Thursday, November 18, 2010

Universal fear leads to Great Silence and New Mexico spaceport set to open next year

Welcome! "Alien Life" tracks the latest discoveries and thoughts in the various elements of the famous Drake Equation. Here's today's news:
g Abodes - Earth is constantly manufacturing new crust, spewing molten magma up along undersea ridges at the boundaries of tectonic plates. The process is critical to the planet's metabolism, including the cycle of underwater life and the delicate balance of carbon in the ocean and atmosphere. See article.
g Life - Coral reefs suffered record losses as a consequence of high ocean temperatures in the tropical Atlantic and Caribbean in 2005 according to the most comprehensive documentation of basin-scale bleaching to date. Collaborators from 22 countries report that more than 80 percent of surveyed corals bleached and over 40 percent of the total surveyed died, making this the most severe bleaching event ever recorded in the basin. See article.
g Intelligence - In the November 12th issue of Cell, researchers at Children's Hospital Boston and their collaborators report on a novel human pain gene. People with minor variations in this gene showed clear differences in susceptibility to acute heat pain and chronic back pain. Corroborating mouse studies give some clues as to how the gene controls pain sensitivity. The gene was uncovered in a genome-wide hunt for pain genes in fruit flies, which revealed hundreds of other candidate pain genes that await further study. See article.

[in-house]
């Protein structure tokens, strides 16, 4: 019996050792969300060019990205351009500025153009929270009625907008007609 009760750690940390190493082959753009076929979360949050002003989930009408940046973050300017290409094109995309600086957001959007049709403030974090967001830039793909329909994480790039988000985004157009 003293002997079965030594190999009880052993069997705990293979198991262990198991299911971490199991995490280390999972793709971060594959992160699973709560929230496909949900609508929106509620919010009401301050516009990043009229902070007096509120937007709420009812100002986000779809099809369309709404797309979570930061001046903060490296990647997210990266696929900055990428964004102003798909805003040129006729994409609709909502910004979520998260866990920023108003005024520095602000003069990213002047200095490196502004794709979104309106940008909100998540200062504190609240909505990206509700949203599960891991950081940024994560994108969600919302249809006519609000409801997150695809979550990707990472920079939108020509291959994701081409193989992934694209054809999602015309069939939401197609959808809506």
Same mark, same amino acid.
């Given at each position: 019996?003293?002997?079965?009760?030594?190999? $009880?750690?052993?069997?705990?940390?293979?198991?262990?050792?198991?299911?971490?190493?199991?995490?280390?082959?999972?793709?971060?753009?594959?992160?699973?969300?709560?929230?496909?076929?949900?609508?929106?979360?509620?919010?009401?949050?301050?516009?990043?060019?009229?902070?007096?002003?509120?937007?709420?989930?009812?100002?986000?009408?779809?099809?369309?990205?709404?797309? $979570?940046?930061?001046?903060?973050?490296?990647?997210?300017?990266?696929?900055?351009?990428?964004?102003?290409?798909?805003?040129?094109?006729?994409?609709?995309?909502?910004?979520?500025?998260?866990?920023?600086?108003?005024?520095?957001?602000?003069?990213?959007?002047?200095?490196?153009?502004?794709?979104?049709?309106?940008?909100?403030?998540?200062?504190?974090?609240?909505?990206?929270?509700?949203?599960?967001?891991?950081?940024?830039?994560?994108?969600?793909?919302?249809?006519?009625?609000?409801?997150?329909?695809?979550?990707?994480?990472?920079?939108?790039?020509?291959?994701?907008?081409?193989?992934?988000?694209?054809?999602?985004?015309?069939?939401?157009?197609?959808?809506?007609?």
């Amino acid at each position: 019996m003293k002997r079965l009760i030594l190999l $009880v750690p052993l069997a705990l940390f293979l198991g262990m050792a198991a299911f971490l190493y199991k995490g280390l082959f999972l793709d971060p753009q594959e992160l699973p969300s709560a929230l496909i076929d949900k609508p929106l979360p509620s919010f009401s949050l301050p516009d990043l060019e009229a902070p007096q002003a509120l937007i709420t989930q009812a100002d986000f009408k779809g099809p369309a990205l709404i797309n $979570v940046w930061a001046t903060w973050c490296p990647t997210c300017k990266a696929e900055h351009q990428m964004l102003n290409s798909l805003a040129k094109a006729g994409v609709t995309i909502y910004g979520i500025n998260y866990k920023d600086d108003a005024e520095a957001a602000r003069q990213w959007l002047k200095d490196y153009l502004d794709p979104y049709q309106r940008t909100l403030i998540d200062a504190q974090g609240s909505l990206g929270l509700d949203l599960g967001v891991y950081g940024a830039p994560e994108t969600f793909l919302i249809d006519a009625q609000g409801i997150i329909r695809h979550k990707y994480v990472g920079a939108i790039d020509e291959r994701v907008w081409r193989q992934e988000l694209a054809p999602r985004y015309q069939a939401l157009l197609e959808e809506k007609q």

g Message - Will universal fear doom SETI to a continuation of the Great Silence? See David Brin’s Zoo Hypothesis argument. This article is from 1982.
g Cosmicus - Work on Spaceport America is in full swing, with the state-of-the-art space launch facility near Truth or Consequences, N.M., expected to become fully operational in 2011. See article.
g Aftermath - Many scientists believe our best chance of discovering alien life will be a human or robotic mission in our own solar system — probably to Mars — targeted at detecting extraterrestrial microbial life. But the controversy begins with the small but vociferous group of scientists who use radio telescopes to search the sky for a signal from other civilizations. See article.

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Fowl Ideas said...

I was 8 years old when Apollo 11 landed on the Moon. Since that time I've been repeatedly shocked by how dull witted the average American can be.

My sarcastic opinions of human folly can be found on my blog: Why the Aliens Don't Land.

Rob Bignell said...

Sounds like a great idea for a blog, F.I. The link didn't come through, though - could you resend it?